In this case, the stationary distribution has a surprisingly simple form which we will guess and verify. The stationary distribution for this Markov chain assigns probability to node i proportional to the total weight of the edges emanating from node i. Let

Wi=~~~ (4.28)

be the total weight of edges emanating from node i and let

### w= c wu

i,j:j>i

be the sum of the weights of all the edges. Then Ci Wi = 2W. We now guess that the stationary distribution is

wi =- Pi 2W’

(4.29)

(4.30) We verify that this is the stationary distribution by checking that I,CP = p. Here (4.31) (4.32) 4 =- 2w (4.33) = CLj . (4.34)

Thus the stationary probability of state i is proportional to the weight of edges emanating from node i. This stationary distribution has an interesting property of locality: it depends only on the total weight and the weight of edges connected to the node and hence does not change if the weights in some other part of the graph are changed while keeping the total weight constant.

We can now calculate the entropy rate as

68 ENTROPY RATES OF A STOCHASTlC PROCESS (4.36) (4.37) (4.38) (4.39)

### w..

=H( . . . . 6 ,..._{> }-H

_{( }. . . . & W. ,...

_{> }. (4.40)

If all the edges have equal weight, the stationary distribution puts weight Ei/2E on node i, where Ei is the number of edges emanating from node i and E is the total number of edges in the graph. In this case, the entropy rate of the random walk is

HL%‘,=log(zB,-H($g,...,$) (4.41)

This answer for the entropy X, ;e is so simple that it is almost misleading. Apparently, the entro,; rate, which is the average transi- tion entropy, depends only on the entropy of the stationary distribution and the total number of edges.

Example 4.3.1 (Random walk on a chessboard ): Let a king move at

random on an 8 x 8 chessboard. The king has 8 moves in the interior, 5 moves at the edges and 3 moves at the corners. Using this and the preceding results, the stationary probabilities are respectively &, , & and & , and the entropy rate is 0.92 log 8. The factor of 0.92 is due to edge effects; we would have an entropy rate of log8 on an infinite chessboard.

Similarly, we can find the entropy rate of rooks (log 14 bits, since the rook always has 14 possible moves), bishops and queens. The queen combines the moves of a rook and a bishop. Does the queen have more or less freedom than the pair?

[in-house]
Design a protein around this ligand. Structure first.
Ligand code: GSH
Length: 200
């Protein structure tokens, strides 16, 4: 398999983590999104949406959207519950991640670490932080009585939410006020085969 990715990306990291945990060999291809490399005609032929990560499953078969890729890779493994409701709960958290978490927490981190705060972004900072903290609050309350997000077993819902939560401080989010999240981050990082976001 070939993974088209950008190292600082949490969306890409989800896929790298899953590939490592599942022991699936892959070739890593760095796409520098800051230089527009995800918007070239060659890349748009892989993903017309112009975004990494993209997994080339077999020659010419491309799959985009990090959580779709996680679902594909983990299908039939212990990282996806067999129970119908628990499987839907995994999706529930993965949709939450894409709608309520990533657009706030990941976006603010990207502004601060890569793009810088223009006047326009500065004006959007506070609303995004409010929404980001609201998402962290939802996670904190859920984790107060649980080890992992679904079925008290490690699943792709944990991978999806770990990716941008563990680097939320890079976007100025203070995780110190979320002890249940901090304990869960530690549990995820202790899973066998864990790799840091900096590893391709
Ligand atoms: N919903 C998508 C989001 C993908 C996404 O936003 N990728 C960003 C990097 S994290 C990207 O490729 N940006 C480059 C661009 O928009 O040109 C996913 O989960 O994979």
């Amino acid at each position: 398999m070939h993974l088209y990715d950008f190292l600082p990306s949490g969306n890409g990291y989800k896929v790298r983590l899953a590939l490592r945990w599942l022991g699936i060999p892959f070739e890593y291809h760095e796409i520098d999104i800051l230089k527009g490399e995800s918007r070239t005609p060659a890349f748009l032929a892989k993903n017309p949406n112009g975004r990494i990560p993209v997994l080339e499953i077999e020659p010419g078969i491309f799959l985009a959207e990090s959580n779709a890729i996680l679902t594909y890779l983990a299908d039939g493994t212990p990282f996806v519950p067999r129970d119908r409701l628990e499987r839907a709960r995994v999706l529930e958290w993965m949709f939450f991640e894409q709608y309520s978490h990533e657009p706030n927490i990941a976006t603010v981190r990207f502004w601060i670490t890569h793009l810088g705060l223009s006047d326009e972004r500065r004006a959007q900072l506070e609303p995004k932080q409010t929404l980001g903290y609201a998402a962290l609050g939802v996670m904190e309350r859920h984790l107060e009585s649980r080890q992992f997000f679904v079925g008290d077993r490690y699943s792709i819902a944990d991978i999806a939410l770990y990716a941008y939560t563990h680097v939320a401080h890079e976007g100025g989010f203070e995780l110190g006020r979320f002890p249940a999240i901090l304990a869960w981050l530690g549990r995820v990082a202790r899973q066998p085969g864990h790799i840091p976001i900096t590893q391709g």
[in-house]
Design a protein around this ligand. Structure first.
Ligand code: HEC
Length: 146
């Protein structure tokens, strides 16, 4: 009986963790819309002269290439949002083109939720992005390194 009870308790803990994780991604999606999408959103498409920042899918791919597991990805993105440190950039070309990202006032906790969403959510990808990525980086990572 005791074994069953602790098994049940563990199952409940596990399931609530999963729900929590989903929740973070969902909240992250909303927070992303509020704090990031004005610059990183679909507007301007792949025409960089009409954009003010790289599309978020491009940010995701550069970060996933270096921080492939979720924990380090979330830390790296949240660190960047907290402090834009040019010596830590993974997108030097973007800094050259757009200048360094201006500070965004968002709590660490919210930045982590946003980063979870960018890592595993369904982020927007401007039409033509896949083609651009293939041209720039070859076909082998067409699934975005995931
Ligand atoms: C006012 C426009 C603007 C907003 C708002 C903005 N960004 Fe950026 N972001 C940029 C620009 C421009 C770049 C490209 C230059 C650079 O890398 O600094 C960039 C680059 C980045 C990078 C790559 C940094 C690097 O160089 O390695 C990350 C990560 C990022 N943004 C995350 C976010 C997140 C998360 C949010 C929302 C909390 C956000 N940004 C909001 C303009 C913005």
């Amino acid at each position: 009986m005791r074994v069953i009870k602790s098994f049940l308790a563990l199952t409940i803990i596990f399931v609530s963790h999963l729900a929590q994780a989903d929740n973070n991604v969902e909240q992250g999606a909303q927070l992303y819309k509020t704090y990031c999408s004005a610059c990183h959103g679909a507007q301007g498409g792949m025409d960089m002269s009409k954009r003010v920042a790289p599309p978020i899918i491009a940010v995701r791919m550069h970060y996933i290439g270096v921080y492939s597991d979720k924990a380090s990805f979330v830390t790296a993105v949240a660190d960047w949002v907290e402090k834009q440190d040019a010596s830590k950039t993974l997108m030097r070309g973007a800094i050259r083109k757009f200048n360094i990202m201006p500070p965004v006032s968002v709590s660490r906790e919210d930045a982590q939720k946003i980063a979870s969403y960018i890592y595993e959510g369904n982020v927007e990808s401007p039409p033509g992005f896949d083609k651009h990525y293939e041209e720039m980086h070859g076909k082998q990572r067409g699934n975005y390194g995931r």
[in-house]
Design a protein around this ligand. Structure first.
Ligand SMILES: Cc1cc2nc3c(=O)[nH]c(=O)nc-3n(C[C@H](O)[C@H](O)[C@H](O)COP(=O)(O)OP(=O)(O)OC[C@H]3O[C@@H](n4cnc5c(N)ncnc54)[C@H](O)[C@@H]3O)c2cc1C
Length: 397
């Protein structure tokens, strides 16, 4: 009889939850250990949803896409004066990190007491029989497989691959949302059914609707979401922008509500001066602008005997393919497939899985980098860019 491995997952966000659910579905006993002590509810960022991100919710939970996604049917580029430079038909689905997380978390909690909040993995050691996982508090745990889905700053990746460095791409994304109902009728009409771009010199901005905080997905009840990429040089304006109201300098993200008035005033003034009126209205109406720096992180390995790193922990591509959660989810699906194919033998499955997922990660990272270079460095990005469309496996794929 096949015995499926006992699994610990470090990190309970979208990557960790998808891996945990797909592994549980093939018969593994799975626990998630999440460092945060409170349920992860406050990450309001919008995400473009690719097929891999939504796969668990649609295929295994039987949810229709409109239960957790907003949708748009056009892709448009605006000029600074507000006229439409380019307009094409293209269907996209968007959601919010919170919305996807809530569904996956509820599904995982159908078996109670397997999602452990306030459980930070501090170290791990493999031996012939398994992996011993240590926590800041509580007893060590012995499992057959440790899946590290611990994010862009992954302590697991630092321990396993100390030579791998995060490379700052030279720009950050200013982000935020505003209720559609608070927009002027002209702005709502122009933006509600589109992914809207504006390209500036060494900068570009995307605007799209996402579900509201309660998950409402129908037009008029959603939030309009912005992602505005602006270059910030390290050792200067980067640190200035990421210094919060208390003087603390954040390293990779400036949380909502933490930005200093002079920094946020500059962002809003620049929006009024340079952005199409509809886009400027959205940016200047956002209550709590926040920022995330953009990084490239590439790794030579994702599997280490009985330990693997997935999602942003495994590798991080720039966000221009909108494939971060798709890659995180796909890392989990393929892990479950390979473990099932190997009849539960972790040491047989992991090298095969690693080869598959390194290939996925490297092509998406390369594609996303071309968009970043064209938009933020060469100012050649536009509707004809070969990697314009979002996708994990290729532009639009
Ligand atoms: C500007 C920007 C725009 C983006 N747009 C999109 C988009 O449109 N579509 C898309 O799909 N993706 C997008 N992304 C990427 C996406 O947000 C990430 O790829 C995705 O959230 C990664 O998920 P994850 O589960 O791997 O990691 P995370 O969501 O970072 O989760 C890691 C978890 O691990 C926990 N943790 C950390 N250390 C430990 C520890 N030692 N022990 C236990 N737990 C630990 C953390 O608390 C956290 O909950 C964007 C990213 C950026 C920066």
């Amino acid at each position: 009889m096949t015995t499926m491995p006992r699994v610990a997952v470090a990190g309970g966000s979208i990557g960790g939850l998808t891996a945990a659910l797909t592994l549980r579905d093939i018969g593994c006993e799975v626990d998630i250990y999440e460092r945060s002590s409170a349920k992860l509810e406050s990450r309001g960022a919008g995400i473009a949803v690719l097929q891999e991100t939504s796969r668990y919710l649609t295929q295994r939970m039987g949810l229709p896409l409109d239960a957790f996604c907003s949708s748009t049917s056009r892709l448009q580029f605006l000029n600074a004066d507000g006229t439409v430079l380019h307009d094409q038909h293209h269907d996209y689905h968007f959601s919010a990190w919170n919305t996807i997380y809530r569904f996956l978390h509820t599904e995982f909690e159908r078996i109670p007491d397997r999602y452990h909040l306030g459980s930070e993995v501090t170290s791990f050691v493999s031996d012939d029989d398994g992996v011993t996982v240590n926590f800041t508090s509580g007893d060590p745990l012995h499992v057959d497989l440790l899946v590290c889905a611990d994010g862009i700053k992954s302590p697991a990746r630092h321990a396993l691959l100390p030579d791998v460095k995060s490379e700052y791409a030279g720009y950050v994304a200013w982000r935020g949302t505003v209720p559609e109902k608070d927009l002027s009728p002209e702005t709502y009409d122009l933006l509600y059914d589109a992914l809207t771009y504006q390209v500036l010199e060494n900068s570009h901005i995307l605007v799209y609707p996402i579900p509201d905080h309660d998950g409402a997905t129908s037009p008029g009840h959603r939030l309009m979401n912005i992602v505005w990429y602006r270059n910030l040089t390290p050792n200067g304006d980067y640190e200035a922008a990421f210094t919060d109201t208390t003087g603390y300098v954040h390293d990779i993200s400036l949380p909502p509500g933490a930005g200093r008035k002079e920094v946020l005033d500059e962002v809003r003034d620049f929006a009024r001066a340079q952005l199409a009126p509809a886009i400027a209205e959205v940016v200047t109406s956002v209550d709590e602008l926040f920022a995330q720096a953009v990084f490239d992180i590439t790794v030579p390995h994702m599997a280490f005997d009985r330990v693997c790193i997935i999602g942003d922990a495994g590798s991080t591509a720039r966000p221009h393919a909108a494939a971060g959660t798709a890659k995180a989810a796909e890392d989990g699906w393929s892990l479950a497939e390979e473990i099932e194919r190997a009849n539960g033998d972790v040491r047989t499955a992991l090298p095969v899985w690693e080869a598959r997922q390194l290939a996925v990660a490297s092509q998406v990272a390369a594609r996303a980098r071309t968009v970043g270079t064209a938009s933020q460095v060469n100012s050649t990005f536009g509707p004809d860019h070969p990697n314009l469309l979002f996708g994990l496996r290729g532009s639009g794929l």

### Remark:

It is easy to see that a stationary random walk on a graph is time-reversible, that is, the probability of any sequence of states is the same forward or backward:Pr(Xi=x,,X,=x,,..., xn=xn)=Pr(x,=x,,x,~,=x2,...,x~=x,).

4.4 HIDDEN MARKOV MODELS 69

Rather surprisingly, the converse is also true, that is, any time-revers- ible Markov chain can be represented as a random walk on an undi- rected weighted graph.

4.4 HIDDEN MARKOV MODELS

Here is an example that can be very di&ult if done the wrong way. It illustrates the power of the techniques developed so far. Let X,, x2 ,..., x, ,... be a stationary Markov chain, and let Yi = 4(Xi ) be a

process, each term of which is a function of the corresponding state in the Markov chain. Such functions of Markov chains occur often in practice. In many situations, one has only partial information about the state of the system. It would simplify matters greatly if Y1, Yz, . . . , Y, also formed a Markov chain, but in many cases this is not true. However, since the Markov chain is stationary, so is Y1, Yz, . . . , Y,, and the entropy rate is well defined. However, if we wish to compute H(3), we might compute H(Y, 1 Y, -I, . . . ,Y1 ) for each n and find the limit. Since the convergence can be arbitrarily slow, we will never know how close we are to the limit; we will not know when to stop. (We can’t look at the change between the values at n and n + 1, since this difference may be small even when we are far away from the limit-consider, for example, C t .)

It would be useful computationally to have upper and lower bounds converging to the limit from above and below. We can halt the computa- tion when the difference between the upper bound and the lower bound is small, and we will then have a good estimate of the limit.

We already know that H(Y,(Y,_,, . . . , Y, > converges monotonically to H(3) from above. For a lower bound, we will use H(Y, 1 Y, _ 1, . . . , Y2, X1 ). This is a neat trick based on the idea that X1 contains as much information about Y, as Y1, Y,, Y+ . . . .

Lemma 4.4.1:

H(Y,(Y,-,, l l l , Y,,X,)~H(W (4.43) Proof: We have, for k = 1,2, . . . ,

### (2)

H(Y,IYn”..,, * 4 6,_{Y~,X,,X,,X,, }

_{“‘X-k) }

(4.46)
70 ENTROPY RATES OF A STOCHASTlC PROCESS

%(Y,IY,-1, . . a, Yl, Y,, l l l , Y - , ) (4.47)

= MYn+A+lIYn+L, l . l , y , ) , (4.48)

where (a) follows from that fact that YI is a function of XI, and (b) follows from the Markovity of X, (c) from the fact that Yi is a function of Xi, (d) from the fact that conditioning reduces entropy, and (e) by stationarity. Since the inequality is true for all k, it is true in the limit. Thus

H(yJY,-1, * - *, Yl,Xl)~li~H(Y~+L+llYn+*r. l . , Y,> (4.49)

=H(%). 0 (4.50)

The next lemma shows that the interval between the upper and the -- lower bounds decreases in length.

Lemma 4.4.2:

H(Y,IY,-, ,...

### ,Y,)-H(Y”IY,_,,...,Y,,X,)jo.

(4.51)Proofi The interval length can be rewritten as

H(Y,IY,-1, - - l , YJ - MY,IY,+. * - , Y,,X,> = I ( x , ; Y , ( Y , - 1 ,

### Jl).

(4.52) By the properties of mutual information,Z&; Yl, Yz, * * a, yJ=H(x,), and hence

(4.53)

bIiIZ(X1; Yl, Y2, . . , , Y,) 5 H(X,) . (4.54) By the chain rule,

pr ztx1;

### Yl, Yg,

. . . , y~)=~~~~~lz~X~;y,Iy,-~,~...Y,) (4*55)### = ~